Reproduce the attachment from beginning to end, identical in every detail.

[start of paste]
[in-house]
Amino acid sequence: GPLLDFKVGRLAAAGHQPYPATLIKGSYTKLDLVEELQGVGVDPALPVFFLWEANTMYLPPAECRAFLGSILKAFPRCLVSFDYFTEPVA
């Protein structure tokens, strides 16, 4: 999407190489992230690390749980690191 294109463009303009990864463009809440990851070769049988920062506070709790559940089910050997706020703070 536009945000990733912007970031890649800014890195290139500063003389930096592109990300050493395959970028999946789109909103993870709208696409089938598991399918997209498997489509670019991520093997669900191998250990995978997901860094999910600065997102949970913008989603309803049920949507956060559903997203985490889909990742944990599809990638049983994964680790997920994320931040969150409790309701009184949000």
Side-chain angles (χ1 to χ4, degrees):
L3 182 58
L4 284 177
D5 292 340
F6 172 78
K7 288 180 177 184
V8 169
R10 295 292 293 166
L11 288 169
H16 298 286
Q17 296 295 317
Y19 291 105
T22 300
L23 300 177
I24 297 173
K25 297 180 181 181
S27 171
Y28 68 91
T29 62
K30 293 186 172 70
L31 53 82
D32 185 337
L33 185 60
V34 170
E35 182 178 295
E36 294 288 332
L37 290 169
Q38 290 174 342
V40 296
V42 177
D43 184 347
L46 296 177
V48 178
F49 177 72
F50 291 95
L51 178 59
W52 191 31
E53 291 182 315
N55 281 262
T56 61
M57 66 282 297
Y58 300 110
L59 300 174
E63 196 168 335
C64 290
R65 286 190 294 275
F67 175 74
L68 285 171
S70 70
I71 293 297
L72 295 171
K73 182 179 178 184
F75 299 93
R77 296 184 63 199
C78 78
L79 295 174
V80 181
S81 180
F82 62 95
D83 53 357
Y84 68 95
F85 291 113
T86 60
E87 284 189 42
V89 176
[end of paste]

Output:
[in-house]
Amino acid sequence: GPLLDFKVGRLAAAGHQPYPATLIKGSYTKLDLVEELQGVGVDPALPVFFLWEANTMYLPPAECRAFLGSILKAFPRCLVSFDYFTEPVA
């Protein structure tokens, strides 16, 4: 999407190489992230690390749980690191 294109463009303009990864463009809440990851070769049988920062506070709790559940089910050997706020703070 536009945000990733912007970031890649800014890195290139500063003389930096592109990300050493395959970028999946789109909103993870709208696409089938598991399918997209498997489509670019991520093997669900191998250990995978997901860094999910600065997102949970913008989603309803049920949507956060559903997203985490889909990742944990599809990638049983994964680790997920994320931040969150409790309701009184949000």
Side-chain angles (χ1 to χ4, degrees):
L3 182 58
L4 284 177
D5 292 340
F6 172 78
K7 288 180 177 184
V8 169
R10 295 292 293 166
L11 288 169
H16 298 286
Q17 296 295 317
Y19 291 105
T22 300
L23 300 177
I24 297 173
K25 297 180 181 181
S27 171
Y28 68 91
T29 62
K30 293 186 172 70
L31 53 82
D32 185 337
L33 185 60
V34 170
E35 182 178 295
E36 294 288 332
L37 290 169
Q38 290 174 342
V40 296
V42 177
D43 184 347
L46 296 177
V48 178
F49 177 72
F50 291 95
L51 178 59
W52 191 31
E53 291 182 315
N55 281 262
T56 61
M57 66 282 297
Y58 300 110
L59 300 174
E63 196 168 335
C64 290
R65 286 190 294 275
F67 175 74
L68 285 171
S70 70
I71 293 297
L72 295 171
K73 182 179 178 184
F75 299 93
R77 296 184 63 199
C78 78
L79 295 174
V80 181
S81 180
F82 62 95
D83 53 357
Y84 68 95
F85 291 113
T86 60
E87 284 189 42
V89 176